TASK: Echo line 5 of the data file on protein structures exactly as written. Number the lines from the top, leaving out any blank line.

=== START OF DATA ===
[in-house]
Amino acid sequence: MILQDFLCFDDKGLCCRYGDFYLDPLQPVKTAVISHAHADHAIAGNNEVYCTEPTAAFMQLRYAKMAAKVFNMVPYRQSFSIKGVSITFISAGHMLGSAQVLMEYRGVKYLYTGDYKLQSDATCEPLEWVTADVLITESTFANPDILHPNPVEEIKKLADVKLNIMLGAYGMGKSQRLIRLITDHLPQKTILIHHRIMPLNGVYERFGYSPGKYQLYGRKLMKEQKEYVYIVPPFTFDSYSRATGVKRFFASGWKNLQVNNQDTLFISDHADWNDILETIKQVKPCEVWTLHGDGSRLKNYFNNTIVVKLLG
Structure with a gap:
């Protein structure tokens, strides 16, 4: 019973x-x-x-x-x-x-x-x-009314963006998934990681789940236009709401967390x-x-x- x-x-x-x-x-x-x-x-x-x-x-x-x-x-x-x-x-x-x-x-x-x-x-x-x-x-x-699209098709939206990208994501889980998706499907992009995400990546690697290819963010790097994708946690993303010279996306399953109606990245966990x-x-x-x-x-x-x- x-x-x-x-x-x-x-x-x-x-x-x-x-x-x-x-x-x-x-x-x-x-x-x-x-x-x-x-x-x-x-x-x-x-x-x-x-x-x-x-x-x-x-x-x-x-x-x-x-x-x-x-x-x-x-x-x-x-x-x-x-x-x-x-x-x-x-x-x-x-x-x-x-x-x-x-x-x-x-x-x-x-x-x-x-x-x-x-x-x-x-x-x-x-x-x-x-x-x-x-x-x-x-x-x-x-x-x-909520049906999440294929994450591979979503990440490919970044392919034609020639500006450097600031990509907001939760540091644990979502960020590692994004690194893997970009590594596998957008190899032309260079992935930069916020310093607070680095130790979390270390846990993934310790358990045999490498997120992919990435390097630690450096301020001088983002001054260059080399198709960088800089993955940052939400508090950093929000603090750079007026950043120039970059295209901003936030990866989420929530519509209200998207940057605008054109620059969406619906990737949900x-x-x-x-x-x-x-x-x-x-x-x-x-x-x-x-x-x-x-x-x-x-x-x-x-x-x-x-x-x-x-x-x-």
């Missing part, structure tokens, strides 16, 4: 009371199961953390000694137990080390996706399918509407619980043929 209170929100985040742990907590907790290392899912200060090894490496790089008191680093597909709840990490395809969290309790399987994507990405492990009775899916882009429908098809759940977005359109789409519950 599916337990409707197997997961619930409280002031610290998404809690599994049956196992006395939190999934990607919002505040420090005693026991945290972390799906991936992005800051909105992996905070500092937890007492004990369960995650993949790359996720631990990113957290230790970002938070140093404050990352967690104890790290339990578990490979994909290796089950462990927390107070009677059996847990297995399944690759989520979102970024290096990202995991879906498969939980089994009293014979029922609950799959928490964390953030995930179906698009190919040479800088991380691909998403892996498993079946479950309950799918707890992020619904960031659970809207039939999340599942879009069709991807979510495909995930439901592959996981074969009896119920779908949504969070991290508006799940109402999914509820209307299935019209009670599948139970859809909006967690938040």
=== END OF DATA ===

């Missing part, structure tokens, strides 16, 4: 009371199961953390000694137990080390996706399918509407619980043929 209170929100985040742990907590907790290392899912200060090894490496790089008191680093597909709840990490395809969290309790399987994507990405492990009775899916882009429908098809759940977005359109789409519950 599916337990409707197997997961619930409280002031610290998404809690599994049956196992006395939190999934990607919002505040420090005693026991945290972390799906991936992005800051909105992996905070500092937890007492004990369960995650993949790359996720631990990113957290230790970002938070140093404050990352967690104890790290339990578990490979994909290796089950462990927390107070009677059996847990297995399944690759989520979102970024290096990202995991879906498969939980089994009293014979029922609950799959928490964390953030995930179906698009190919040479800088991380691909998403892996498993079946479950309950799918707890992020619904960031659970809207039939999340599942879009069709991807979510495909995930439901592959996981074969009896119920779908949504969070991290508006799940109402999914509820209307299935019209009670599948139970859809909006967690938040």